Google AdWord’s Releases New UI: What’s Changing and What to Expect

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Google AdWords is rolling out changes to its user interface, changes that include new branding, and even a new name, Google Ads, set to go into effect July 24th. Marketers also have access to exclusive new features and improved versions of current tools that will continuously be released. We have the breakdown of what the new interface has to offer and how it will impact marketers working in the Google AdWords platform.

What’s New?

  • Demographic targeting: Marketers now have the capacity to target based on household income and parental status.

  • Promotions extensions: Special sales or offers with your ads to eliminate the need for promotion headlines and rules; you can schedule a sales promo in as an extension.

  • Ad variations: You can create and test different versions of your advertisement across campaigns or accounts. Even during your campaign run, you can continue to test the headlines, and replace keywords.
  • Ad history: You can get historical access to all versions of your advertisement.
  • Bid adjustments for calls: You can increase bids on campaigns that drive valuable calls. This is especially useful for businesses that find value in customers that call beforehand to get more information about the offered goods or services.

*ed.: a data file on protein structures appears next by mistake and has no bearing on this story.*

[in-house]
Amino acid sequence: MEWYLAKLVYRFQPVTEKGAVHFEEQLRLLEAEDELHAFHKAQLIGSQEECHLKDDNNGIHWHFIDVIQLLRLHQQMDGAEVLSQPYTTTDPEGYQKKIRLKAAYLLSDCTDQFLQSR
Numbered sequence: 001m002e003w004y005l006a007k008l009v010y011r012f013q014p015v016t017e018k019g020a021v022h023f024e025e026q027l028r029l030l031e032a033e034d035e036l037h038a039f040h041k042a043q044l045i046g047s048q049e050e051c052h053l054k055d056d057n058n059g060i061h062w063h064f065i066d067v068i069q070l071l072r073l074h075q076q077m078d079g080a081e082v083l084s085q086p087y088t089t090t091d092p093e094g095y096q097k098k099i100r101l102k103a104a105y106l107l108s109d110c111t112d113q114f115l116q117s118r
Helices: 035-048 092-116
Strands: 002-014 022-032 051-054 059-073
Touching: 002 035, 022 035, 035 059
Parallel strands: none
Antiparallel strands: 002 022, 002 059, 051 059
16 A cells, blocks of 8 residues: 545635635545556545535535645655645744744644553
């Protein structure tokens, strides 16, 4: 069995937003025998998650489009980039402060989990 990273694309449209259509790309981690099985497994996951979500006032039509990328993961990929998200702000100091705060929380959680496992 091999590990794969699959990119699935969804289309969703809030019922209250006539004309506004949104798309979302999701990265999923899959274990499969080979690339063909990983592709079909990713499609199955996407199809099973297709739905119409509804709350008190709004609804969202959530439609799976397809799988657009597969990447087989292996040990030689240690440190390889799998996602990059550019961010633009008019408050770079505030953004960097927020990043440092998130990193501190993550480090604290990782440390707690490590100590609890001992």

• Heatmaps: The reporting interface is more visual with day and hour heatmaps. AdWords automatically creates a visual representation of campaign performance by day and hour in the overview dashboard.

  • Audience Manager: You can put all of your audience targeting lists in one place for a central hub to manage sources, lists, and insights into all your audience segments.

New and Improved Features:

  • Recommendations: This is a tab with Google’s recommendations for campaign optimizations, in a format that can easily be implemented at any time. Many of the recommendations can be exported to an AdWords Editor-compatible Excel format to quickly upload changes to an account.


  • Dashboard: In your dashboard, high-level views of various industry KPIs, and custom dashboards can be created from this. It is not recommended to make any data-driven decisions based on this data, but it is recommended to do a daily or weekly check-in.


Possible Cons:

  • Display Planner: You can see reach and performance estimates while you are creating your display campaign, pre-launch. This is no longer available as a standalone tool.
  • Aesthetic: The dashboard is more visually complex, there is not a lot of space to work with the larger dashboard, so it’s important that marketers specializing in AdWords work on a larger screen while in the platform. This can also be remedied by using the chart expansion button to allow more of your screen to be used to view data, hiding side navigation and headers.

  • Learning Curve: There is a learning curve for marketers with lengthy experience in Google AdWords. You can switch back and forth between the old UI and new UI. While this might not sound like a detriment, it can be an impediment to a seasoned marketer to become accustomed to the new Google Ads.


Unsure about how to use these tools, and how these changes will affect your campaigns? Contact us at and we’ll provide a free AdWords consultation!

Also published on Medium.